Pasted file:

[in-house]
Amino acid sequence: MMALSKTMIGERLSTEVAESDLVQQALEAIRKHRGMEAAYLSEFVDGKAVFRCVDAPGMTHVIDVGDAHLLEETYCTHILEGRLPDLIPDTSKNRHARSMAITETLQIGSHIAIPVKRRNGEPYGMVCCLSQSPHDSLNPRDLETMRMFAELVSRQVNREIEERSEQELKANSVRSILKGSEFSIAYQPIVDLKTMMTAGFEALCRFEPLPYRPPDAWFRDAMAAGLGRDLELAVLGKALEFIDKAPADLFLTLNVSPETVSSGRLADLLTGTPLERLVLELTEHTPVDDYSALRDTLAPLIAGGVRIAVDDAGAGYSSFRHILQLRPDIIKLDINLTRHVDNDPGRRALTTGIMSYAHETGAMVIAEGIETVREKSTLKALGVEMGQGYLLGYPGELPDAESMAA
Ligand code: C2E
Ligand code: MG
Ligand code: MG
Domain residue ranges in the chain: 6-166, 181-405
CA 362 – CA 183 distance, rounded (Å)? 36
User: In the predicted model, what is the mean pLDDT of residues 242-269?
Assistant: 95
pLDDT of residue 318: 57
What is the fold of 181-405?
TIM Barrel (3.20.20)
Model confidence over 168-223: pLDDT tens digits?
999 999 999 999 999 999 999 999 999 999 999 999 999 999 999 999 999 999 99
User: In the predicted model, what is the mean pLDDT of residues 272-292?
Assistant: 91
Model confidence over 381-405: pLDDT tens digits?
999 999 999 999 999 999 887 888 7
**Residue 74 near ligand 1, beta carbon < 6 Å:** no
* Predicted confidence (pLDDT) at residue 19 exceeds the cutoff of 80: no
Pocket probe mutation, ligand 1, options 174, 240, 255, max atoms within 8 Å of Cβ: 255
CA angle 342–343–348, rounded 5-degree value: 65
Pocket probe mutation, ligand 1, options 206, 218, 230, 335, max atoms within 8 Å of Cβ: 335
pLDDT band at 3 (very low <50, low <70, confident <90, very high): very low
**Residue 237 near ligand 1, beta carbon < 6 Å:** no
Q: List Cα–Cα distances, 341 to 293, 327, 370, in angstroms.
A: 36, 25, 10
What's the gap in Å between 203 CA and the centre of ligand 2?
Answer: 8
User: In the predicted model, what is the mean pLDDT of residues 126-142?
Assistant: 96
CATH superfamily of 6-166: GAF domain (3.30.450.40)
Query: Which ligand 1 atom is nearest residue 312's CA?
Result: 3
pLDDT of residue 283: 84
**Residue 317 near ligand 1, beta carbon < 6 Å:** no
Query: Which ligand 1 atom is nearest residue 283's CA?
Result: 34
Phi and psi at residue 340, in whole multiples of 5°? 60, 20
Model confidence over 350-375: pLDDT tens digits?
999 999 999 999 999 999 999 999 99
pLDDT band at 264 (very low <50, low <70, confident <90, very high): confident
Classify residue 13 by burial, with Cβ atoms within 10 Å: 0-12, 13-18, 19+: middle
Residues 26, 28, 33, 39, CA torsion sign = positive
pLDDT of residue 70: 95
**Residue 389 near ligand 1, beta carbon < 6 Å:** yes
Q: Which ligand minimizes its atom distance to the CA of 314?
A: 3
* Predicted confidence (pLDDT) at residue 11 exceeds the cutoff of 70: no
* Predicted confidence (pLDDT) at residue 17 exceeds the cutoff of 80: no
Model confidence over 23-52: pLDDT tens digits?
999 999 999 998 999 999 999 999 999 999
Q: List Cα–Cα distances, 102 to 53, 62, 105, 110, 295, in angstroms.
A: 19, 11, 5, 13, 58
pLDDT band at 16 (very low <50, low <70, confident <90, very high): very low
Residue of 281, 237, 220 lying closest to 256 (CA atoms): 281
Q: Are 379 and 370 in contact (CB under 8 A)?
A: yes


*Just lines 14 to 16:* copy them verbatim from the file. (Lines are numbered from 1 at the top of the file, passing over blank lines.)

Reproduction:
999 999 999 999 999 999 999 999 999 999 999 999 999 999 999 999 999 999 99
User: In the predicted model, what is the mean pLDDT of residues 272-292?
Assistant: 91